More people than ever are staying inside their homes and refraining from physical contact with their friends and families in an attempt to slow the spread of the coronavirus across the globe — and they’re finding creative ways to spend their time despite it all.
According to an MTV News/YouGov poll, 38 percent of Americans have called someone using video chat more than they usually do, and 37 percent have called someone more than they usually do. But that number jumps up if you look at the most connected generations: Most Gen Zers have video chatted more than usual over the last two weeks, and about half of millennials have video chatted more. A plurality of Gen Xers and boomers have been video chatting as frequently as they did two weeks ago.
That number isn’t specific to young people chatting with their friends, though: Zoom’s daily active users jumped from a peak of 10 million to over 200 million in the three months that millions across the world began working and going to school from home. While part of that increase might be attributed to users video-calling into meetings for their nine to five, video-chatting is also taking over church, weddings, funerals, and birthday parties across the country. And, as Susan Pinker, a psychologist and author of “The Village Effect” told the New York Times, video chats are the closest thing we can do to actually interacting with the people we care about since it mimics our real-life interactions in which everyone is “paying attention to the same thing at the same time.”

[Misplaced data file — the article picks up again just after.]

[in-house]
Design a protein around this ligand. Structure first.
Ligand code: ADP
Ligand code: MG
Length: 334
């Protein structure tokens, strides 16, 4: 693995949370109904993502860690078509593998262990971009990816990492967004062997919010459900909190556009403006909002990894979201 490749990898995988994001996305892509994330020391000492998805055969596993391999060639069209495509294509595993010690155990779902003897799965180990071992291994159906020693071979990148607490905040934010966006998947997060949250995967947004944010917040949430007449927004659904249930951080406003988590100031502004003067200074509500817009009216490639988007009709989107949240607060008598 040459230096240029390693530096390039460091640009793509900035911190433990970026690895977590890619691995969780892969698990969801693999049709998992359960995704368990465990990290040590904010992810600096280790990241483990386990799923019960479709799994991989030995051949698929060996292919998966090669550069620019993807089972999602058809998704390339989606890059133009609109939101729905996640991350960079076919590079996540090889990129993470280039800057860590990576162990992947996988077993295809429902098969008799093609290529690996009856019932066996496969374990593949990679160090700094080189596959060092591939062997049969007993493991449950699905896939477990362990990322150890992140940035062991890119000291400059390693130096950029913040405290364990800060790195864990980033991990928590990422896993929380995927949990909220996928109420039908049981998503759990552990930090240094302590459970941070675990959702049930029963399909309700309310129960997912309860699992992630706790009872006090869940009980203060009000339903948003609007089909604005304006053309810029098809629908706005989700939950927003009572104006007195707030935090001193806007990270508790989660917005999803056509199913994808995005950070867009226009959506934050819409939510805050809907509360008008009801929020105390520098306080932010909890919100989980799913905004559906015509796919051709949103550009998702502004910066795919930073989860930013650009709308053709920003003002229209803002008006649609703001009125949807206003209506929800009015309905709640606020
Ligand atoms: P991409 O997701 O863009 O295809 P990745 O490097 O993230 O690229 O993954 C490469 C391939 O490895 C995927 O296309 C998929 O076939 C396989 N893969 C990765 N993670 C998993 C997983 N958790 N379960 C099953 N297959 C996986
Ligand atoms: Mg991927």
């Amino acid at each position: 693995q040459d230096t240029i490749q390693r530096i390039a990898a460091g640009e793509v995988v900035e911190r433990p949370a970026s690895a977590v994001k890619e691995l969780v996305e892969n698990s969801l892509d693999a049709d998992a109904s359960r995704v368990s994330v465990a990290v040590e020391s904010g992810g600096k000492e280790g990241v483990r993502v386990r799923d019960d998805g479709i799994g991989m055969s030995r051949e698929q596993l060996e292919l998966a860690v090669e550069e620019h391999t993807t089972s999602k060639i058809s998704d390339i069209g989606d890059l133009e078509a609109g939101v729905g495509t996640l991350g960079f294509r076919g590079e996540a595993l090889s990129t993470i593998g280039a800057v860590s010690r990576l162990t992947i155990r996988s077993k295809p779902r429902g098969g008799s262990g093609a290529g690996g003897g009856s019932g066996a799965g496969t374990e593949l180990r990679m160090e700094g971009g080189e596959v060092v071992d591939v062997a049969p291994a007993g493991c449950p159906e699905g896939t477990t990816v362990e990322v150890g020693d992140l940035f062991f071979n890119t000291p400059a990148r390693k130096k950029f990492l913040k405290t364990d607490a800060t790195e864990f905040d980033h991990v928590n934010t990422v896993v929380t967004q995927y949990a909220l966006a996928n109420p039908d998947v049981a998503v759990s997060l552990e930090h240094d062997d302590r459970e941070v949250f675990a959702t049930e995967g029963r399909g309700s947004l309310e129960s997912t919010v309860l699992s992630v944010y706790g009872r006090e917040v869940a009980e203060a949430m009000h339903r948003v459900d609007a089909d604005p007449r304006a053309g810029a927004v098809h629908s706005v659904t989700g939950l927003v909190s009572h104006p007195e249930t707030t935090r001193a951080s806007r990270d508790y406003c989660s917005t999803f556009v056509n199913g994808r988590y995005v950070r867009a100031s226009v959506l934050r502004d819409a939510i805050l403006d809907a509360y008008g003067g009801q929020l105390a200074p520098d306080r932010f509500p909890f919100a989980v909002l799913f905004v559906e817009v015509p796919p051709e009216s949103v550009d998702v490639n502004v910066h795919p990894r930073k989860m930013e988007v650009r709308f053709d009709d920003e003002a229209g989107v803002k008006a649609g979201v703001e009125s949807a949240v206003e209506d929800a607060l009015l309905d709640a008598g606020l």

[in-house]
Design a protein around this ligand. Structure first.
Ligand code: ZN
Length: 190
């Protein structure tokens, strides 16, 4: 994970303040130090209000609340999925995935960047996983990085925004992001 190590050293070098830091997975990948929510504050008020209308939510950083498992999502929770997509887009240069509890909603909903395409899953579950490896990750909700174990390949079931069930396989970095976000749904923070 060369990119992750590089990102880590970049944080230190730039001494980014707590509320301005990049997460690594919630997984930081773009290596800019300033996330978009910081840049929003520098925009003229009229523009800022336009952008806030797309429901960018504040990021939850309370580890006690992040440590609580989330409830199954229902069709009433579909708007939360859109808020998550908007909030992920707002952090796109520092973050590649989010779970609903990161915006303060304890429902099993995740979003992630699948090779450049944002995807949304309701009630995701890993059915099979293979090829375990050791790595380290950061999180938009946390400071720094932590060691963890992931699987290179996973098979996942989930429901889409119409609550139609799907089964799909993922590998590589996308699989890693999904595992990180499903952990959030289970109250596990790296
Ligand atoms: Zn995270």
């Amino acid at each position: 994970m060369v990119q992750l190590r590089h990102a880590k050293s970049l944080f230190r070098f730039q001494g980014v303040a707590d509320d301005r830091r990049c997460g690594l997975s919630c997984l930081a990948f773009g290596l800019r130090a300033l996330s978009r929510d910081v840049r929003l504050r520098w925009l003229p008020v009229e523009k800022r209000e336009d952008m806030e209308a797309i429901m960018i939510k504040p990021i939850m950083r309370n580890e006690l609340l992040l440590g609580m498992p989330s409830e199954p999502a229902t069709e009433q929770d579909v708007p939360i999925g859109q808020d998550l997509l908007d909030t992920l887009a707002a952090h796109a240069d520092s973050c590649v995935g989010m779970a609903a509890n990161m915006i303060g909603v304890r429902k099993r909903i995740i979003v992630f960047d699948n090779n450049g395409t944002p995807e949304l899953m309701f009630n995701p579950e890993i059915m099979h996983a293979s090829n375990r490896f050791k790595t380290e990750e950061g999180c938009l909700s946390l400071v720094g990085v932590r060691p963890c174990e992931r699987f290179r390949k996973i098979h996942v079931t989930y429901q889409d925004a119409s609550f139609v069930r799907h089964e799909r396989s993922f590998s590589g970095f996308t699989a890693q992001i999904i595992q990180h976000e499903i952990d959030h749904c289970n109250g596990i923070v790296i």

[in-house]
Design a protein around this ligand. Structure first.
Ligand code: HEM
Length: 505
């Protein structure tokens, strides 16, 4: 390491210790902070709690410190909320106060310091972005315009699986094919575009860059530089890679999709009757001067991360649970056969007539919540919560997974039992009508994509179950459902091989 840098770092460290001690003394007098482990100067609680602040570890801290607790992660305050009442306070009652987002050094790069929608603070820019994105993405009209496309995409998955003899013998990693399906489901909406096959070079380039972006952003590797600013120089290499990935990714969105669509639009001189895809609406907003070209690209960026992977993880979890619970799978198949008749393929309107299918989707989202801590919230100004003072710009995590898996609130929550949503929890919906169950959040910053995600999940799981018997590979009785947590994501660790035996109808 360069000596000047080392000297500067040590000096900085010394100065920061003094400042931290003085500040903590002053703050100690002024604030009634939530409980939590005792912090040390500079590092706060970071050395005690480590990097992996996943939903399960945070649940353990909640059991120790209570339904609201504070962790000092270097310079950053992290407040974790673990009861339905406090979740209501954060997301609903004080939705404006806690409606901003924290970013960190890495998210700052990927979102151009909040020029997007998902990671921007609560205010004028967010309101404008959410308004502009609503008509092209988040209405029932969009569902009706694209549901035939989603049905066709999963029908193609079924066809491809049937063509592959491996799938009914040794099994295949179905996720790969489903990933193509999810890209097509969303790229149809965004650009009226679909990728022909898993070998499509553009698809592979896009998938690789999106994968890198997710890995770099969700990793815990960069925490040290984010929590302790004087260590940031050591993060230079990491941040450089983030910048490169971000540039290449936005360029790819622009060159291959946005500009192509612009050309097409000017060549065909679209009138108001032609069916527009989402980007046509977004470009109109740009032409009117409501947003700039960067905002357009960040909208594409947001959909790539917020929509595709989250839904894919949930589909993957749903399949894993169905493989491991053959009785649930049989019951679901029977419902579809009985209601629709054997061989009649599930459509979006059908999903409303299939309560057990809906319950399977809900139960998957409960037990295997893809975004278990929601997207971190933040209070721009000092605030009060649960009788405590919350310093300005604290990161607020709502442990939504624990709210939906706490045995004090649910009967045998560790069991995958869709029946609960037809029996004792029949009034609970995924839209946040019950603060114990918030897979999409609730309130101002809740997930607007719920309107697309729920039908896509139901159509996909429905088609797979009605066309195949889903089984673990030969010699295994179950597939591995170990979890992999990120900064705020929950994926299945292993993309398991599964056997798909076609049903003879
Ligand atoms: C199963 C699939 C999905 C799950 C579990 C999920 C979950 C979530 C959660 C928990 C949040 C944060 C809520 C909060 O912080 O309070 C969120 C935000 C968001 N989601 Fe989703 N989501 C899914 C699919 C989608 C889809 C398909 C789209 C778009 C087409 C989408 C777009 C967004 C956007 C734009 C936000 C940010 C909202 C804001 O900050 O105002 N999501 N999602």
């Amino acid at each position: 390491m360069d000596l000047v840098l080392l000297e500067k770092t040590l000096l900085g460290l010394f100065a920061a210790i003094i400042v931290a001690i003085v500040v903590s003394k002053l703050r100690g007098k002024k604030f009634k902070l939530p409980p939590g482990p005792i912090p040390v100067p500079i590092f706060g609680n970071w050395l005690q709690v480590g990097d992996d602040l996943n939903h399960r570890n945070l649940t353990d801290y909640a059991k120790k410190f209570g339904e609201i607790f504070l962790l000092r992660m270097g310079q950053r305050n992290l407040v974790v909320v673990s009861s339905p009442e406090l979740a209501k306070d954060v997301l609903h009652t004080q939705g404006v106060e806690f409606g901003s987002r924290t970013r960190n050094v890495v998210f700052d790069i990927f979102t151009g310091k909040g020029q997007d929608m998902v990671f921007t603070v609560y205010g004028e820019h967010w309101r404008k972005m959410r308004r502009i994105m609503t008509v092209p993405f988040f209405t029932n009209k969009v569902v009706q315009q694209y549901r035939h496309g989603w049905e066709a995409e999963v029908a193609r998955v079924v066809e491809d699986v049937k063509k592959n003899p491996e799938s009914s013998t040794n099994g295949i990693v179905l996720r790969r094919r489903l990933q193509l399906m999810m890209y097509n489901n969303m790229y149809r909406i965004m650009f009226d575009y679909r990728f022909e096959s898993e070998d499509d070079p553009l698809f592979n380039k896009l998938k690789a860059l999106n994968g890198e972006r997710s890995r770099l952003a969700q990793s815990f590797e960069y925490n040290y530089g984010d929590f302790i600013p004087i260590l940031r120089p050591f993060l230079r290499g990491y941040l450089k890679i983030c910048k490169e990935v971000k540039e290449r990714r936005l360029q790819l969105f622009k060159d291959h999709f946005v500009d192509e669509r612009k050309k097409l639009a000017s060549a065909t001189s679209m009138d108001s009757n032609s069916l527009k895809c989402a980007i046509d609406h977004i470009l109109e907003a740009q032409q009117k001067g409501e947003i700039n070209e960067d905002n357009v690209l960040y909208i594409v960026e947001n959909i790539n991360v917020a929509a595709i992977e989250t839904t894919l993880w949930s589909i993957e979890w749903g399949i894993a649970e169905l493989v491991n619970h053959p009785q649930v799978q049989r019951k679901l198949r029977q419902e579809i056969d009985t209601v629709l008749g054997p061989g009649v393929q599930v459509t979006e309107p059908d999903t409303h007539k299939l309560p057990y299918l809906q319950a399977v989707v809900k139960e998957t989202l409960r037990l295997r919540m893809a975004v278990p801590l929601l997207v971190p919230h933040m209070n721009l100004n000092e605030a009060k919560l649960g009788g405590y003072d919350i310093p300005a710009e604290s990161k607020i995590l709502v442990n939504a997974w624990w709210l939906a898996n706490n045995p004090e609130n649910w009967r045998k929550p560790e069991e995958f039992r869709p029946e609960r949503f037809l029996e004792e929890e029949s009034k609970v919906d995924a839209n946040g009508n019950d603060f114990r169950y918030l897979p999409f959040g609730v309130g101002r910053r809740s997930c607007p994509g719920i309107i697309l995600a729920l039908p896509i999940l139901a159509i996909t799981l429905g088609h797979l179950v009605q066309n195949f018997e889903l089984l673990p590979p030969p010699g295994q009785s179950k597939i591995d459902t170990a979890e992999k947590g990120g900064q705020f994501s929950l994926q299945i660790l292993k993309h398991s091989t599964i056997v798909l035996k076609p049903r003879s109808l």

But that doesn’t mean video chatting isn’t without its risks. Privacy experts have expressed concerns about Zoom after a series of missteps from both users and the company, including bugs that allow people to take control of webcams and microphones, the companies' data collection and storage policies, and unfriendly users Zoombombing videoconferences.
On the flip side, plenty of people are trying to log off for long periods of time. Young people, in particular, are finding ways to fill their time differently than they would if the lockdown wasn’t in place. Gen Zers are the most likely to be cooking food at home more than they were two weeks ago and Millennials are the most likely to be drinking more alcohol now than they were two weeks ago, according to the poll.